What makes a good fiction book? That is a difficult question. Does it entertain? Does it educate? Does it evoke a strong emotional reaction? The Light Between Oceans is not a book that I would typically choose for myself but as I discussed my reaction to the non fiction book An Exact Replica of a Figment of My Imagination by Elizabeth McCracken with a good friend, she brought over the Stedman book and wanted to see what I thought. They both deal with women who have lost children and there the comparison ends. While I LOVED McCracken’s book, I enjoyed Stedman’s work, not because it was poetic or particularly well written, but it did evoke a strong response.
Tom Sherbourne is an Australian who served in the trenches of WWI. As he returns to his home country he seeks to find solace in working as the keeper of the light house on Janus Rock. Thought the island is isolated and nearly a days journey from the coast of Australia, Sherbourne manages to find an energetic and spontaneous wife, Isabel. While on the island Isabel suffers various miscarriages and nearly two weeks after the still born birth of her latest child, a boat crashes on Janus Rock containing a dead man, and a live baby. The Sherbourne’s are torn about what to do with the child. Tom, naturally wants to signal for help. Isabel, naturally, wants to keep the child. Their decision causes problems within their marriage, and within Tom’s own conscience.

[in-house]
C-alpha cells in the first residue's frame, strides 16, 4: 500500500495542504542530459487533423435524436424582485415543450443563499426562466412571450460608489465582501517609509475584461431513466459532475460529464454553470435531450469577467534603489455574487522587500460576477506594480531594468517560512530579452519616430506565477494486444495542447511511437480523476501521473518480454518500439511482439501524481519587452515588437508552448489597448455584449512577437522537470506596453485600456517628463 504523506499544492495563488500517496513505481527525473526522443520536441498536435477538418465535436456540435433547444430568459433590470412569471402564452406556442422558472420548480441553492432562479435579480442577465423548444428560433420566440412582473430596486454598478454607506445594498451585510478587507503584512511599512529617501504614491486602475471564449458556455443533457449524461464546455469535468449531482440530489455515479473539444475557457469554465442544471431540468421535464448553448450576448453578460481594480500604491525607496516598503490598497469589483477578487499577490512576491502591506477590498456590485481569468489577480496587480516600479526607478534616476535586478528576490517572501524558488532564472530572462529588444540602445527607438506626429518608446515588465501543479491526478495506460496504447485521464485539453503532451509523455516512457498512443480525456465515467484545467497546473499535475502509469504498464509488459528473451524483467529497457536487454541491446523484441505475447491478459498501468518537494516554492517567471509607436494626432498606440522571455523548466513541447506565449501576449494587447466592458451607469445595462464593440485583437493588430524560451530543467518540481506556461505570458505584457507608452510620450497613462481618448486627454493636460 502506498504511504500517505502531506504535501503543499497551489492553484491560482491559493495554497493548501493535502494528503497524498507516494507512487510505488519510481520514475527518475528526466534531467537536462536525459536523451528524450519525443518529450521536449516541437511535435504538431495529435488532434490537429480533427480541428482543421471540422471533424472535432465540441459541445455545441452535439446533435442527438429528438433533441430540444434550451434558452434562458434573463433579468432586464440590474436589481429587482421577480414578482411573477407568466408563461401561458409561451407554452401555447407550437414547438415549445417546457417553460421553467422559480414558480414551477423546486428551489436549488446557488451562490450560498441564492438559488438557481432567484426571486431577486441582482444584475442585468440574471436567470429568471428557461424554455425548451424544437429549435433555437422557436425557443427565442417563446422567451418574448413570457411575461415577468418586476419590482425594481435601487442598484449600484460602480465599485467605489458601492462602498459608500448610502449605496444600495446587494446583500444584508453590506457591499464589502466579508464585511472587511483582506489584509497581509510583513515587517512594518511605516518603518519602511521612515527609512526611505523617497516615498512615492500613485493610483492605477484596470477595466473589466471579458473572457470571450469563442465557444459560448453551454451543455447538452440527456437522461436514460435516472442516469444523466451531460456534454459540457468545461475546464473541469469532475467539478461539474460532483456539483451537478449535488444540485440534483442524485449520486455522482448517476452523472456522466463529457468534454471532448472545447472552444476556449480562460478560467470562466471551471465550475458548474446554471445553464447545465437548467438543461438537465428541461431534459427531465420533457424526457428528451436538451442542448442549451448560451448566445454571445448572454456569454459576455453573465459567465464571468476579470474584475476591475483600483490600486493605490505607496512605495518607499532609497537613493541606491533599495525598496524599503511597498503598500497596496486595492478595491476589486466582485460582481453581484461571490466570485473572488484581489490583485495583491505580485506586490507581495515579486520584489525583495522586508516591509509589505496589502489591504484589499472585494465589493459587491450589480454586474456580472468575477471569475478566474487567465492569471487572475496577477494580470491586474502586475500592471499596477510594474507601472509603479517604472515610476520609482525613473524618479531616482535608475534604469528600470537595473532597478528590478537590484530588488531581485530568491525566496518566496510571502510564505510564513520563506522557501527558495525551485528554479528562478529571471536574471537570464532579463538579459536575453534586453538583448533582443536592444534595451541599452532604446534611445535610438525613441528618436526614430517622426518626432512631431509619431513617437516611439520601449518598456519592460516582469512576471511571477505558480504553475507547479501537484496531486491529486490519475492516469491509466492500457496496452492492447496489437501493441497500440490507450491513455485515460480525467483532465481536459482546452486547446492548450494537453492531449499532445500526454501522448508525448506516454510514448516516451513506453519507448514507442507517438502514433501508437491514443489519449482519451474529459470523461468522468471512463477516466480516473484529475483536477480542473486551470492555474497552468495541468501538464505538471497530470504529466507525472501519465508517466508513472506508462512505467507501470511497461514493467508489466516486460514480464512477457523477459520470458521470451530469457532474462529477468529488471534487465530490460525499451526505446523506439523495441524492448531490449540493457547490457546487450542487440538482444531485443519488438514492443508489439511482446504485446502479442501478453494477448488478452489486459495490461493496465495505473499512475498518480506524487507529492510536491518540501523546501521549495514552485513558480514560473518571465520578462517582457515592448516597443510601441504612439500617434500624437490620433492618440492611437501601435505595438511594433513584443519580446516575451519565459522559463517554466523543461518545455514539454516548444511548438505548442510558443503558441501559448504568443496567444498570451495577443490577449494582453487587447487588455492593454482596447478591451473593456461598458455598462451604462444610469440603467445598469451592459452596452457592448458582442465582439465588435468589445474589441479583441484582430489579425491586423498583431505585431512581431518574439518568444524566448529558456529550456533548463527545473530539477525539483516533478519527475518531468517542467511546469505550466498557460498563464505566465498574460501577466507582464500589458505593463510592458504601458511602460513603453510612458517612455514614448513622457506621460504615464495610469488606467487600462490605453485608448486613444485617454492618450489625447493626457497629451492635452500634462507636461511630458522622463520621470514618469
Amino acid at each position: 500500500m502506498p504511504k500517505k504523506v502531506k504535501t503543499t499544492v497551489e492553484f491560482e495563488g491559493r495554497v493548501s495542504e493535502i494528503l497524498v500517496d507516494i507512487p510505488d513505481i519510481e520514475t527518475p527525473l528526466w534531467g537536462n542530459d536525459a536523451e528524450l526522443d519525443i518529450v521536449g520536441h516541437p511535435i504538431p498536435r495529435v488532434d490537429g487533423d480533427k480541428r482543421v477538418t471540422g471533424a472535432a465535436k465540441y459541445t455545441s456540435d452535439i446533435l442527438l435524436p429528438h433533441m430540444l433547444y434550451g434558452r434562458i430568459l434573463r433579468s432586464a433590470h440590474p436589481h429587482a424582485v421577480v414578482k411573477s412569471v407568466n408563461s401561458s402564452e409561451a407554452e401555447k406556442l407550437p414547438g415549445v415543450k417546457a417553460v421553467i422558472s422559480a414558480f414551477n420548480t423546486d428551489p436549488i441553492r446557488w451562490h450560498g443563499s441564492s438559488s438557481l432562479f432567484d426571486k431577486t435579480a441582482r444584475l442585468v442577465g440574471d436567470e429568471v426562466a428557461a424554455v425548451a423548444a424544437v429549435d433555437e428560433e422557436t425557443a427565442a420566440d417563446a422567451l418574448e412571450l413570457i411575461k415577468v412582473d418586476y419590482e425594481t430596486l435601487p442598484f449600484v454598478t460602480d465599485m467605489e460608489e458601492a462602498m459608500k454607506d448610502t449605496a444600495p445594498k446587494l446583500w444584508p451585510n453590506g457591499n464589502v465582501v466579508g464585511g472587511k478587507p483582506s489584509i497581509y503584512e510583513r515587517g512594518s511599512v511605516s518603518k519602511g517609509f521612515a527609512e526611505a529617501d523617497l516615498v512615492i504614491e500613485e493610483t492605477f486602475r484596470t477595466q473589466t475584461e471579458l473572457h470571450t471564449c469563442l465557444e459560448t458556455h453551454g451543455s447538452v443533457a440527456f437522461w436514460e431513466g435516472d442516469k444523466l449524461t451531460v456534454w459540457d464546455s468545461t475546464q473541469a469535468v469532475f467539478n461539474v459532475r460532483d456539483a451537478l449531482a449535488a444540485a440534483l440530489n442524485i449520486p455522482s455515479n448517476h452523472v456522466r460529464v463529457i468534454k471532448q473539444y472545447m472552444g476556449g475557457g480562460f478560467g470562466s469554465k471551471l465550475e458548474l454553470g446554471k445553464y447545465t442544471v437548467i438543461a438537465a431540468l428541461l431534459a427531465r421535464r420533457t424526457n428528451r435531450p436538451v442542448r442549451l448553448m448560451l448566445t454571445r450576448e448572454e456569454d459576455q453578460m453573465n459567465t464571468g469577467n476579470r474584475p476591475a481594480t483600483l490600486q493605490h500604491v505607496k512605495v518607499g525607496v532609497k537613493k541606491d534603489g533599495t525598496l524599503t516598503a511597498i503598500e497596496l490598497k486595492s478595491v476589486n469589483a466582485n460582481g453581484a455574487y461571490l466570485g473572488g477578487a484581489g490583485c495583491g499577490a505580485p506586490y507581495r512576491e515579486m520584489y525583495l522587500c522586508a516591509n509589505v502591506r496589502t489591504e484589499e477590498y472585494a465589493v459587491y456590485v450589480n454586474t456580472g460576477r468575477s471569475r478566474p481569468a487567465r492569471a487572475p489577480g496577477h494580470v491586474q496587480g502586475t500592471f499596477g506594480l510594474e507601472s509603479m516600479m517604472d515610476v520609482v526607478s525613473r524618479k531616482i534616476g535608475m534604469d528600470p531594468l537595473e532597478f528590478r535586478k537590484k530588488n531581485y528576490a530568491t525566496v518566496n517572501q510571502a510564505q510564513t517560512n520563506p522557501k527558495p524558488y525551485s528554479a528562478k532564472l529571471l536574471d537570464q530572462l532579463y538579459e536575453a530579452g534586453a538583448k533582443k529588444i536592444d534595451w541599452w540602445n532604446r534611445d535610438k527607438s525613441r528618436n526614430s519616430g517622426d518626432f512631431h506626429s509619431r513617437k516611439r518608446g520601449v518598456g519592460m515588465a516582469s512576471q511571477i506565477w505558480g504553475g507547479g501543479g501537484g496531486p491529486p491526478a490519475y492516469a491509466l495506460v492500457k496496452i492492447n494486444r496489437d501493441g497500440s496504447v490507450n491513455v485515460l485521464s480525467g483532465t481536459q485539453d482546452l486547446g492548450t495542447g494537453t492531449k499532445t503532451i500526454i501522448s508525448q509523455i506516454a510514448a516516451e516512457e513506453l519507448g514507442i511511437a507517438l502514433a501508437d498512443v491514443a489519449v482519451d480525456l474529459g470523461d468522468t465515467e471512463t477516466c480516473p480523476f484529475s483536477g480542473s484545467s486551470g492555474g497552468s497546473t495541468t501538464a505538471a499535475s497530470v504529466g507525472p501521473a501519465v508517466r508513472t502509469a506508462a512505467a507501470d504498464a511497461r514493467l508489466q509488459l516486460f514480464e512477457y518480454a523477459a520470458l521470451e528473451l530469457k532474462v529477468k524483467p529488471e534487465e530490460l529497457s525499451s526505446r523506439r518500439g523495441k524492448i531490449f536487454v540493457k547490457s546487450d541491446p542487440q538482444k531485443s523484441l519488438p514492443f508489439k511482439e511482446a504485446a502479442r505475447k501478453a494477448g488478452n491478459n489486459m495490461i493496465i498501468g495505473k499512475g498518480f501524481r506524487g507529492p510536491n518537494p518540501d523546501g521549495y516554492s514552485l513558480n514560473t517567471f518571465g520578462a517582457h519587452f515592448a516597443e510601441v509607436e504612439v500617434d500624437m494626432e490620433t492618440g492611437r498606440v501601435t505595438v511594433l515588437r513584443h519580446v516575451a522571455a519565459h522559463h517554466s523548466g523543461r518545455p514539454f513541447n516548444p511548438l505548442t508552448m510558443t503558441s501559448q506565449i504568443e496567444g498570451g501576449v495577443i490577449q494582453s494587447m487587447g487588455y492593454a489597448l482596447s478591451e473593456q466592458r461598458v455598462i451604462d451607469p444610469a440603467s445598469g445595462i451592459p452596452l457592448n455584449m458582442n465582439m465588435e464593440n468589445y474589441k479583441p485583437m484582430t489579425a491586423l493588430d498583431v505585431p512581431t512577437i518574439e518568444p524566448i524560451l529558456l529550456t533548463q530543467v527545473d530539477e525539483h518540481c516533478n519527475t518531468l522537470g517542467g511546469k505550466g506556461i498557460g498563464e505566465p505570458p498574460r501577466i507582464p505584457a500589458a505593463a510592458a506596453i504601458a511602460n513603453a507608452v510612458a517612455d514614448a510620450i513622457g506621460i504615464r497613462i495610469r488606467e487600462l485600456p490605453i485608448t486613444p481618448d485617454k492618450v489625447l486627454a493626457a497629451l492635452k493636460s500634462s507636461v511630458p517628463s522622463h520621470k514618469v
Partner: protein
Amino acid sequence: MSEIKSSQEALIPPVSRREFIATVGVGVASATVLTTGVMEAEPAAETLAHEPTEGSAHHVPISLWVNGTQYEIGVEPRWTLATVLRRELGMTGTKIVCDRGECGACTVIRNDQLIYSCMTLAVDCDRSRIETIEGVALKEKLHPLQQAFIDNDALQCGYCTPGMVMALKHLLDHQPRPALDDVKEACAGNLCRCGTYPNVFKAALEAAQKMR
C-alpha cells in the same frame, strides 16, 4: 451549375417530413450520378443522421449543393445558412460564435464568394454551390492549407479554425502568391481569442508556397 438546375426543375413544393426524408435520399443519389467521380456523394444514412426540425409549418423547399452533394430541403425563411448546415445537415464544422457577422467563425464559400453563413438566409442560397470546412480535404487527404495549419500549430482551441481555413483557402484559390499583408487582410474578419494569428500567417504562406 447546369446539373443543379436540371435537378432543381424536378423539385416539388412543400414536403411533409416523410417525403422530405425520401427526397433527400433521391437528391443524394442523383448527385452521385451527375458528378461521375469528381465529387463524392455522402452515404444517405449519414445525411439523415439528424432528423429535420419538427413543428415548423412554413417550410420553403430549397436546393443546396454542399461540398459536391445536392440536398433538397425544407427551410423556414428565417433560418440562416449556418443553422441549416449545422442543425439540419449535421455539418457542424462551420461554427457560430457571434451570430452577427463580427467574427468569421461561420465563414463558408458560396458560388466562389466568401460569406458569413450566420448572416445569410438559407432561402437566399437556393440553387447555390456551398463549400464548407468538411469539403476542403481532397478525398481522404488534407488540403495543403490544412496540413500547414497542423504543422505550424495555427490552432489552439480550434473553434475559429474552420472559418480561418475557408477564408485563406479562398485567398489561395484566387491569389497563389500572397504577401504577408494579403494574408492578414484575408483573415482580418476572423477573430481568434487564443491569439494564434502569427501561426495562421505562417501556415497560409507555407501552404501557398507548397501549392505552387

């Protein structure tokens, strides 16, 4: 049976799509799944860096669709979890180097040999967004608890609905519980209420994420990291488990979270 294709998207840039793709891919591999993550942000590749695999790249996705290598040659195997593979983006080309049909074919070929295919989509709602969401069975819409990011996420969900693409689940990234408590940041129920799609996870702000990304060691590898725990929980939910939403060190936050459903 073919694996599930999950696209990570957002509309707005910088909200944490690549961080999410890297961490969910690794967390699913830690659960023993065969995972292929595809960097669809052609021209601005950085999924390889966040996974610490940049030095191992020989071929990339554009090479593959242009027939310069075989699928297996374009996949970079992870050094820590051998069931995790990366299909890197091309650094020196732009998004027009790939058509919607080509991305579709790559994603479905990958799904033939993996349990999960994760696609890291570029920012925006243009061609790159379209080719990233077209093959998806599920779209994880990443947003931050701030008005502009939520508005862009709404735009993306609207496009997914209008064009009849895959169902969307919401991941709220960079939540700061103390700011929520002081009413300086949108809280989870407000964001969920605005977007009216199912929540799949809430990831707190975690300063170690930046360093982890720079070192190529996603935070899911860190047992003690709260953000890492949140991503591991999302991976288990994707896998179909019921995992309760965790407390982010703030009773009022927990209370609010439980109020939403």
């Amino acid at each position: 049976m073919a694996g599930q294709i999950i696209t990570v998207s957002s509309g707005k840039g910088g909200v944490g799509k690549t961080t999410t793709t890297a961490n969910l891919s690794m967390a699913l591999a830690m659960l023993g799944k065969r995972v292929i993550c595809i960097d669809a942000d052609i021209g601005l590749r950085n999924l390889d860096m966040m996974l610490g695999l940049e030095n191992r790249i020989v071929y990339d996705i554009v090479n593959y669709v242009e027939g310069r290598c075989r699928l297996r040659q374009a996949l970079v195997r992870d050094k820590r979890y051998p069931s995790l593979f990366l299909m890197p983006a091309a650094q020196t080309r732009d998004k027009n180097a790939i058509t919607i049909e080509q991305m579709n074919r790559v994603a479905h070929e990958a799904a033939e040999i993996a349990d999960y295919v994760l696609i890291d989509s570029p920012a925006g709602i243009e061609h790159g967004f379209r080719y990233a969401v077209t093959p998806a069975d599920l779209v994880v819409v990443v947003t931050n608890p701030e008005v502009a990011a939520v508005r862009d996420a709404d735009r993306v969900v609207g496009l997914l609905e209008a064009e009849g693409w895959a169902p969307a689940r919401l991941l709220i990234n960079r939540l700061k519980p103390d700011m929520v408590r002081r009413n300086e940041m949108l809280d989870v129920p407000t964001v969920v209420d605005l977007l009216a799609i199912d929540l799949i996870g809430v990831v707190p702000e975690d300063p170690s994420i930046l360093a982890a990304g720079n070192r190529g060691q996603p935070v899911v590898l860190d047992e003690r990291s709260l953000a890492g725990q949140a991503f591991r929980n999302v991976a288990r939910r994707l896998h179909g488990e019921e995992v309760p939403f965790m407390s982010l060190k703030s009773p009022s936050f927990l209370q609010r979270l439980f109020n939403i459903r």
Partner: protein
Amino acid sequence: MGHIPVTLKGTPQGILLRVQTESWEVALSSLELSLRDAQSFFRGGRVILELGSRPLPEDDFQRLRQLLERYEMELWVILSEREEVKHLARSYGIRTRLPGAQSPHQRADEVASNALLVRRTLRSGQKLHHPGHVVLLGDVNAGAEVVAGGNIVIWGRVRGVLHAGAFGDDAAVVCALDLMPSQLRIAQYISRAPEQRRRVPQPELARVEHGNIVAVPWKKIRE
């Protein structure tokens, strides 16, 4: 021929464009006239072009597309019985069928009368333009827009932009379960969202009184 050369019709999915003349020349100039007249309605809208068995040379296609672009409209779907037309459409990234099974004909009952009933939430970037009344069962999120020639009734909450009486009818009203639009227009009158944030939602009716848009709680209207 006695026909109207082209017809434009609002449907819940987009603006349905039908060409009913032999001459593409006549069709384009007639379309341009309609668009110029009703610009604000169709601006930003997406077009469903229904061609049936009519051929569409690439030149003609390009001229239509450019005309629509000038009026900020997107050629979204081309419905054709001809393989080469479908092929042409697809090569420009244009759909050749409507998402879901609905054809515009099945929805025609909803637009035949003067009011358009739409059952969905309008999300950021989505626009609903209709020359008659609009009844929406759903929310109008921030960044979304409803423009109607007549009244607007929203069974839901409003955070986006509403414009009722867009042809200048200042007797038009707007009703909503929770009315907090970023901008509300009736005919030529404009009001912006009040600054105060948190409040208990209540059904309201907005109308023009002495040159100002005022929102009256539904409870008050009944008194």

I have never had a miscarriage, but I remember keenly as a four year old, when my mother had a miscarriage. I have sat with friends who cried over their losses and I have done my best to sympathize. As a parent to three healthy kids, I find it hard to reconcile Tom and Isabel’s choice. I felt almost angry towards Isabel, especially as the story progressed. Stedman’s book was a quick read, though I felt some of the characters were glossed over in various ways. We learn more and more about Tom Sherbourne and his past, but it doesn’t seem to connect with the person we see. Those little details made the book less likable overall, but I could see this book being enjoyable to those looking for an engaging quick historical(ish) fiction.